MUMBAI -- There was a steady stream of initial public offerings by Indian companies throughout 2020, despite the devastating damage to Asia's third-largest economy caused by the COVID-19 pandemic. This resilience is likely to continue in 2021, with a handful of internet unicorns planning to go public.
A total of 14 Indian companies saw their stocks listed on the BSE and the National Stock Exchange during 2020, all of which took place since the coronavirus began to spread seriously in the country in March.
All of the 14 stocks began trading above their IPO issue price and ended 2020 in the same position, with four of them ending the year 100% higher than their issue price.
Investors' high expectations of post-IPO stocks are likely to continue throughout 2021 as several well-known internet startups, including four unicorns -- unlisted companies valued at $1 billion or higher -- are in the queue for IPOs to be completed by the end of this year.
Looking back at the companies that succeeded with IPOs in 2020, most were typical of Indian companies in one respect, in that prior to listing most of their outstanding shares were owned by what Indians call "promoters" -- ie their founders and their families.
But a major part of India's IPO class of 2021 will look more like typical Silicon Valley tech startups, which, before going public, raise millions of dollars from external angel investors, venture capital groups and corporate investors.
These startup investors then cash in their investment returns when their portfolio companies go public in the U.S. This is set to happen in India for the first time in the history of its capital markets.
The four Indian unicorns that are expected to do IPOs this year are leading online retailer Flipkart, one of the top-two food delivery companies Zomato, e-commerce logistic service provider Delhivery and top online insurance marketplace Policybazaar Insurance Brokers. Zomato, Delhivery and Policybazaar have told local media of their plans to list on the Mumbai stock exchanges -- BSE and NSE -- within 2021.
These moves will have a significant impact on the wider Indian stock market, which has been predominantly occupied by heavy-industry companies, state-owned enterprises and family-owned conglomerates including Tata Sons Group and Reliance Industries Group.
The three unicorns, along with online grocery store operator Grofers India, which has publicly said it is planning to finish another pre-IPO fund raising at a unicorn-level valuation and then go public within this year, will become a significant part of the Indian stock market after their floats.
Furthermore, over a dozen more Indian unicorns are also preparing IPOs.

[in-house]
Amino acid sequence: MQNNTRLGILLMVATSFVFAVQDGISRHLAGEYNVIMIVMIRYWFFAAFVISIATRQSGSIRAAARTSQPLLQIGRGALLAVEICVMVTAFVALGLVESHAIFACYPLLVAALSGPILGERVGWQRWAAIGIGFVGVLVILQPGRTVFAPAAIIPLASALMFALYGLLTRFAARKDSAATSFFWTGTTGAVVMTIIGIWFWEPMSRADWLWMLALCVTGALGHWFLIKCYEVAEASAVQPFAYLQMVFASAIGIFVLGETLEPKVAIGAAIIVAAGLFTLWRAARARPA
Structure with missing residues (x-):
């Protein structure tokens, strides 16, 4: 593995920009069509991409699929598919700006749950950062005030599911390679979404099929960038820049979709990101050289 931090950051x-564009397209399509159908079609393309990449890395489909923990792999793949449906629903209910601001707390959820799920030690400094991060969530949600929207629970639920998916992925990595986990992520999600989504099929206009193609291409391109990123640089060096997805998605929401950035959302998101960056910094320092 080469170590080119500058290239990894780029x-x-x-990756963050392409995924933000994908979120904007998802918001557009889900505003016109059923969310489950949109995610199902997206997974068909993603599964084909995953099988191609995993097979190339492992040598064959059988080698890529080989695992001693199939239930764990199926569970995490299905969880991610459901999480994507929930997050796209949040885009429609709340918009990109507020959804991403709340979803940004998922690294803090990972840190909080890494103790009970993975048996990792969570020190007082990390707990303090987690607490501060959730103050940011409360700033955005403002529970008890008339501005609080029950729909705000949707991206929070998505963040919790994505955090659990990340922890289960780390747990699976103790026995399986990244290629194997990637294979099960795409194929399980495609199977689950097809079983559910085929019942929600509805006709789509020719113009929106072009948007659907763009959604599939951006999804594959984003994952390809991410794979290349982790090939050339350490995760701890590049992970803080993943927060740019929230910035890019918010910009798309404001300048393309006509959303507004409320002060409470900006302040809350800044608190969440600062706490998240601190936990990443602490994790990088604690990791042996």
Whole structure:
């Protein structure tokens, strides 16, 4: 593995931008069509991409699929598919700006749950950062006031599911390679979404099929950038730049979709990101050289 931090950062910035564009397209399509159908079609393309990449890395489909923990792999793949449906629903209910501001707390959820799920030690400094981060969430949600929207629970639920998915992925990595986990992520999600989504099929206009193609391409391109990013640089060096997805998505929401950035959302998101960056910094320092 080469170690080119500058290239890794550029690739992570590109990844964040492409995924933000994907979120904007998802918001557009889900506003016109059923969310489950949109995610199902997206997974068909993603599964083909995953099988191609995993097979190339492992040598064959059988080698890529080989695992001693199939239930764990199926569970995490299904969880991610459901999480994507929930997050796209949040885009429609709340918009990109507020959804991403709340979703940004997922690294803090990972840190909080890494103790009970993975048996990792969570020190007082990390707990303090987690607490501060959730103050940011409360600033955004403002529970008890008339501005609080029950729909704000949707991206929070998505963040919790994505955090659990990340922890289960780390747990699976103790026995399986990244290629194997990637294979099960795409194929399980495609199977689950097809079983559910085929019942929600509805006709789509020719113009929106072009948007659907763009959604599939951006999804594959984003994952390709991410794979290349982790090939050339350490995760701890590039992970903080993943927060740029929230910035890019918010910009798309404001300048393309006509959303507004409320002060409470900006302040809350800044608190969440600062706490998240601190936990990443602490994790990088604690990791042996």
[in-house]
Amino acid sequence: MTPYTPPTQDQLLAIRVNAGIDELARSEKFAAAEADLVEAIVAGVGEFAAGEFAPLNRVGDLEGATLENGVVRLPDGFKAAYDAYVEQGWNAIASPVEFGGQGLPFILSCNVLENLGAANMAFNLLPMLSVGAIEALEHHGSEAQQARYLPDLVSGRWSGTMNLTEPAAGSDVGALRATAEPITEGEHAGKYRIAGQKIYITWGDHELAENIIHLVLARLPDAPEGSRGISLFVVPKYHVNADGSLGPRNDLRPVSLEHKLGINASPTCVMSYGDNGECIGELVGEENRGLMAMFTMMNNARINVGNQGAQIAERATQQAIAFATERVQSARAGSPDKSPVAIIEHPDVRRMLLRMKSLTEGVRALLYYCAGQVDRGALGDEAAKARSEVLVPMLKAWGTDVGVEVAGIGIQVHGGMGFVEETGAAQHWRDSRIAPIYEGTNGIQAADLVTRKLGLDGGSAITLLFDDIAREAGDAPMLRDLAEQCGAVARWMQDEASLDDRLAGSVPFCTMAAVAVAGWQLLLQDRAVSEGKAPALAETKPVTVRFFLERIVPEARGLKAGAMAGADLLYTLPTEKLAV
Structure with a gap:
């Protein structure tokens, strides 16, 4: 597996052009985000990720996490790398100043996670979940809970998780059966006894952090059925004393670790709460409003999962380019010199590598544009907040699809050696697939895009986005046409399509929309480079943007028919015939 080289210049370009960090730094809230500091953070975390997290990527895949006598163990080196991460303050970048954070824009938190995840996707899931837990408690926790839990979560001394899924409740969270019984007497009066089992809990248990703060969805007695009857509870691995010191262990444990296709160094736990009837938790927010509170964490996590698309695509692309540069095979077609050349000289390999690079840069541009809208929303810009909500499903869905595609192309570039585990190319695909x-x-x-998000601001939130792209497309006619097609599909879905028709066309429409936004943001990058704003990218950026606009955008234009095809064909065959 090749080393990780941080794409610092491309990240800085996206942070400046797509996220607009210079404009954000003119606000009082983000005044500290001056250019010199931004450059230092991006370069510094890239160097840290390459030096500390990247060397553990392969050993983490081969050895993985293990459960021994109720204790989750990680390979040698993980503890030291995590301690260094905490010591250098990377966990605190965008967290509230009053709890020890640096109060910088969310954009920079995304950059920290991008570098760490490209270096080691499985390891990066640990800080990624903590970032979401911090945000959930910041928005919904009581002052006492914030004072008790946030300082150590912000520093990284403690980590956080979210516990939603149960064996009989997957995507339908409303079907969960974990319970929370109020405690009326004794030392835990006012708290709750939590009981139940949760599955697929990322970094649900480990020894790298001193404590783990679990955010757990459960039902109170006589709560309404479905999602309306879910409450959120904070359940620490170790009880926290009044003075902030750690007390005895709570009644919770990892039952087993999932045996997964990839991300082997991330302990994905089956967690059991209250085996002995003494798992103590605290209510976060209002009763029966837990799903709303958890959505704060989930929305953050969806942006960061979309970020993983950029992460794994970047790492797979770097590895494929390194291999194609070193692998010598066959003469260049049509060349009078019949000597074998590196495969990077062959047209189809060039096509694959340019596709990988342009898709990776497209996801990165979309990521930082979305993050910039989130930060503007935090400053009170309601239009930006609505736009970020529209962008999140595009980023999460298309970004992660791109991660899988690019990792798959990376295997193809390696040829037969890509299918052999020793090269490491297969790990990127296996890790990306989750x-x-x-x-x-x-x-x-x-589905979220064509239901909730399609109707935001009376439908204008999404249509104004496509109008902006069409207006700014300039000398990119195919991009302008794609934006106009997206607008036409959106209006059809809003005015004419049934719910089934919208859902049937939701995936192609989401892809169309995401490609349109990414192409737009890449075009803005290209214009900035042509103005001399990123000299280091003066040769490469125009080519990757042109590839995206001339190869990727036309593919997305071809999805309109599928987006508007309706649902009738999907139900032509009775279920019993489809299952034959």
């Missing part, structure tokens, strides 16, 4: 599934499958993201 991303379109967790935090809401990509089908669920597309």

These include: India's most valuable independent privately-held company One97 Communications, which runs the Paytm mobile payment app; India's largest international hotel franchise operator OYO Hotels & Homes, Think and Learn, which operates the Byju's online learning platform; ANI Technologies, which runs top Indian ride-hailing service Ola; and Bundl Technologies, which runs Swiggy, the food delivery rival to Zomato.
Within a few years, when these and other well-known tech and tech-oriented unicorns become publicly traded, the Indian stock market will be transformed into a market primarily characterized by tech stocks backed by global venture capitals and startup investors, rather than old-economy stocks, and looking more like a mini Nasdaq in South Asia.
One factor that may affect the "Nasdaqization" process of the Indian stock market is a pending decision by Flipkart on whether it opts for dual listing between the U.S. and India.
Flipkart, valued at $24.9 billion in its latest fundraising completed in July 2020, has already hired Goldman Sachs to prepare for listing either on Nasdaq or the New York Stock Exchange in the U.S., the home country of its parent and 82.3% shareholder Walmart, according to local business daily Mint.
The remaining minority stakes in Flipkart are held by China's Tencent Holdings, U.S.-based Tiger Global Management, U.S. software group Microsoft and co-founder Binny Bansal, among others.
If Flipkart chooses to be listed solely on an American stock exchange, Indian political leaders will likely regard it as a purely "foreign" company. Because there is always strong political pressure from small traders and retailers against big foreign groups, being classed as "foreign" may not be the best for Flipkart's business, whose growth depends on the development of the entire India retail market.
A politically smarter option would be a dual listing on both U.S. and Indian stock markets. If it opts for this, with its large market capitalization, Flipkart will have a significant presence in the Indian stock market and will help to accelerate the Nasdaqization process.
Whatever the retailer chooses, we are likely to start looking at the Indian equity scene in a different, more tech-centric way this year.